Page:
The placebo effect: how the subconscious fits in

Perspect Biol Med. 2012 Winter;55(1):43-58. doi: 10.1353/pbm.2012.0005.


The placebo effect is very well known, being replicated in many scientific studies. At the same time, its exact mechanisms still remain unknown. Quite a few hypothetical explanations for the placebo effect have been suggested, including faith, belief, hope, classical conditioning, conscious/subconscious expectation, endorphins, and the meaning response. This article argues that all these explanations may boil down to autosuggestion, in the sense of "communication with the subconscious." An important implication of this is that the placebo effect can in principle be used effectively without the placebo itself, through a direct use of autosuggestion. The benefits of such a strategy are clear: fewer side effects from medications, huge cost savings, no deception of patients, relief of burden on the physician's time, and healing in domains where medication or other therapies are problematic.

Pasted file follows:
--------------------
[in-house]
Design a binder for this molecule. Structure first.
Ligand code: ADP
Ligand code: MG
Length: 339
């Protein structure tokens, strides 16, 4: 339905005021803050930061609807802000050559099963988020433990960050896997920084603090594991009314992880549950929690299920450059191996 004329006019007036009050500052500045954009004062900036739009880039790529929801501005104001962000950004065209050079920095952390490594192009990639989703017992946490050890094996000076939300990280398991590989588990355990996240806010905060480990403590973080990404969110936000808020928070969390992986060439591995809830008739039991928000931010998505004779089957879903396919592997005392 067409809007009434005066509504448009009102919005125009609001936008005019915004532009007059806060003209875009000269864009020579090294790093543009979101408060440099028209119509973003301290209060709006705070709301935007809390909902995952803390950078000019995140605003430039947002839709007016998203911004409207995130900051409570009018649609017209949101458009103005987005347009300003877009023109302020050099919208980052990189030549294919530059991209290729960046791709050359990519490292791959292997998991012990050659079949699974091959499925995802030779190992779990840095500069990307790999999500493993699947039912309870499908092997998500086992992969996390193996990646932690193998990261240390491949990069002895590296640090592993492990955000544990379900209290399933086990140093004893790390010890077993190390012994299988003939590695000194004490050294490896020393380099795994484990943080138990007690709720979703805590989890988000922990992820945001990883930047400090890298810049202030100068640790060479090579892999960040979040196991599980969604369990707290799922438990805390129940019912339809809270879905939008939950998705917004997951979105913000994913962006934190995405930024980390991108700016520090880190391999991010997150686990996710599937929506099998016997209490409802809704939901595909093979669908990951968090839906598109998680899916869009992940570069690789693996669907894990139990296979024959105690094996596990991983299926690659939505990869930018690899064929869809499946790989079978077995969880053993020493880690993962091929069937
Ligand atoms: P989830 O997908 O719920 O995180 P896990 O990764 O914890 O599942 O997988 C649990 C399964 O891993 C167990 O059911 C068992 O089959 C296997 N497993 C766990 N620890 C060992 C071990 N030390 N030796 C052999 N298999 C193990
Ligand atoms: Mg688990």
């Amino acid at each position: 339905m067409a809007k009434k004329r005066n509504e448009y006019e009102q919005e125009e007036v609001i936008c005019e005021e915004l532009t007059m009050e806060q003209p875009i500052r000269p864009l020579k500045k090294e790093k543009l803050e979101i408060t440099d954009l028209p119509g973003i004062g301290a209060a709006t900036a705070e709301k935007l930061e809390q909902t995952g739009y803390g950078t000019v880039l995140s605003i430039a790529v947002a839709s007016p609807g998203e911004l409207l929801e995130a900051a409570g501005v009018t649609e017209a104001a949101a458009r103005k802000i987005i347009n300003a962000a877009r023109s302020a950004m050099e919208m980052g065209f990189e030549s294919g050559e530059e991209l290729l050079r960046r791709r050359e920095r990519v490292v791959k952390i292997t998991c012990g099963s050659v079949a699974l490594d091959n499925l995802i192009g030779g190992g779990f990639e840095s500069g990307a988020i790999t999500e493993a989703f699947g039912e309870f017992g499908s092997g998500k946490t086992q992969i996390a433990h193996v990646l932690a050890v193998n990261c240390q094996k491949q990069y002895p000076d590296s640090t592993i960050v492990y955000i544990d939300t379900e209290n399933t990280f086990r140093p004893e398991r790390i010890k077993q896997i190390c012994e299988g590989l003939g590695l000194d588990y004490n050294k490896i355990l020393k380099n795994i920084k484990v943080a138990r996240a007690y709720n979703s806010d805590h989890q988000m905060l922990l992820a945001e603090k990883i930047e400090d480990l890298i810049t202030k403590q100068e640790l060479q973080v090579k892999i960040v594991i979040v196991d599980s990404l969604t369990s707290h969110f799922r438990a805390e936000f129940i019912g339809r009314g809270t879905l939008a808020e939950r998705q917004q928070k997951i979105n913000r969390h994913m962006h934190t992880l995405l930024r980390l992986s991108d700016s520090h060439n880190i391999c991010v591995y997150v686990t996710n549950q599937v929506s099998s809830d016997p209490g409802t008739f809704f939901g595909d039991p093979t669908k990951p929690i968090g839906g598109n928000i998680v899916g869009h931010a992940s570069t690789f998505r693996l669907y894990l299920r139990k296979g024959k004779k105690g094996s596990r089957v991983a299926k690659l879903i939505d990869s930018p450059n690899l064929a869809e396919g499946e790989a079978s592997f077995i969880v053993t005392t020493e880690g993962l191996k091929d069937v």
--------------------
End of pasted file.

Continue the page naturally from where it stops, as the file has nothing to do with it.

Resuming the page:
MeSH terms

  • Autosuggestion
  • Conditioning, Classical
  • Endorphins / physiology
  • Humans
  • Mind-Body Relations, Metaphysical
  • Pain / drug therapy
  • Pain / psychology
  • Placebo Effect*
  • Placebos / therapeutic use*
  • Unconscious, Psychology*


  • Endorphins
  • Placebos